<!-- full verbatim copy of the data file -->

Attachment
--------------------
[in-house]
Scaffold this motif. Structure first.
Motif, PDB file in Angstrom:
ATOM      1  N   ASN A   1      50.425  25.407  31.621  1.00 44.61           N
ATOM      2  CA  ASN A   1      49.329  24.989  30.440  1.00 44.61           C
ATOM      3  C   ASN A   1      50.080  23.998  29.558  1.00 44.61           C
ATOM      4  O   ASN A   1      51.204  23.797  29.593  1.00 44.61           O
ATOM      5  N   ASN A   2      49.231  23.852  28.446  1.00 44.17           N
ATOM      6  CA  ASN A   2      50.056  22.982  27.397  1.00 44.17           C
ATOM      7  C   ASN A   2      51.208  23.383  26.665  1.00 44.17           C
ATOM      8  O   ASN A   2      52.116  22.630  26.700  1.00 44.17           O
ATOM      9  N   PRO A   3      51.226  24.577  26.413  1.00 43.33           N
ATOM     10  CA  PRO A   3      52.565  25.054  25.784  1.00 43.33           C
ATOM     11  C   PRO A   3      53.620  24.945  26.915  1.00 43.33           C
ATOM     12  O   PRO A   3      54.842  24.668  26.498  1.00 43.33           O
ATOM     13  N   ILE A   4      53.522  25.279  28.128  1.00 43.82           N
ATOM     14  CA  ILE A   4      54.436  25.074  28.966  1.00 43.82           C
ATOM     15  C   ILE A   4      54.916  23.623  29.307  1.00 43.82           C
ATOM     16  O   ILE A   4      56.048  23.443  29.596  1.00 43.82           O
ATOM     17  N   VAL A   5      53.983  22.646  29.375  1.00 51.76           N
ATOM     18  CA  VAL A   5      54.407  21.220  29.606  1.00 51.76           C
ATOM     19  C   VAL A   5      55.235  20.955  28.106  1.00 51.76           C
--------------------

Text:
[in-house]
Scaffold this motif. Structure first.
Motif, PDB file in Angstrom:
ATOM      1  N   ASN A   1      50.425  25.407  31.621  1.00 44.61           N
ATOM      2  CA  ASN A   1      49.329  24.989  30.440  1.00 44.61           C
ATOM      3  C   ASN A   1      50.080  23.998  29.558  1.00 44.61           C
ATOM      4  O   ASN A   1      51.204  23.797  29.593  1.00 44.61           O
ATOM      5  N   ASN A   2      49.231  23.852  28.446  1.00 44.17           N
ATOM      6  CA  ASN A   2      50.056  22.982  27.397  1.00 44.17           C
ATOM      7  C   ASN A   2      51.208  23.383  26.665  1.00 44.17           C
ATOM      8  O   ASN A   2      52.116  22.630  26.700  1.00 44.17           O
ATOM      9  N   PRO A   3      51.226  24.577  26.413  1.00 43.33           N
ATOM     10  CA  PRO A   3      52.565  25.054  25.784  1.00 43.33           C
ATOM     11  C   PRO A   3      53.620  24.945  26.915  1.00 43.33           C
ATOM     12  O   PRO A   3      54.842  24.668  26.498  1.00 43.33           O
ATOM     13  N   ILE A   4      53.522  25.279  28.128  1.00 43.82           N
ATOM     14  CA  ILE A   4      54.436  25.074  28.966  1.00 43.82           C
ATOM     15  C   ILE A   4      54.916  23.623  29.307  1.00 43.82           C
ATOM     16  O   ILE A   4      56.048  23.443  29.596  1.00 43.82           O
ATOM     17  N   VAL A   5      53.983  22.646  29.375  1.00 51.76           N
ATOM     18  CA  VAL A   5      54.407  21.220  29.606  1.00 51.76           C
ATOM     19  C   VAL A   5      55.235  20.955  28.106  1.00 51.76           C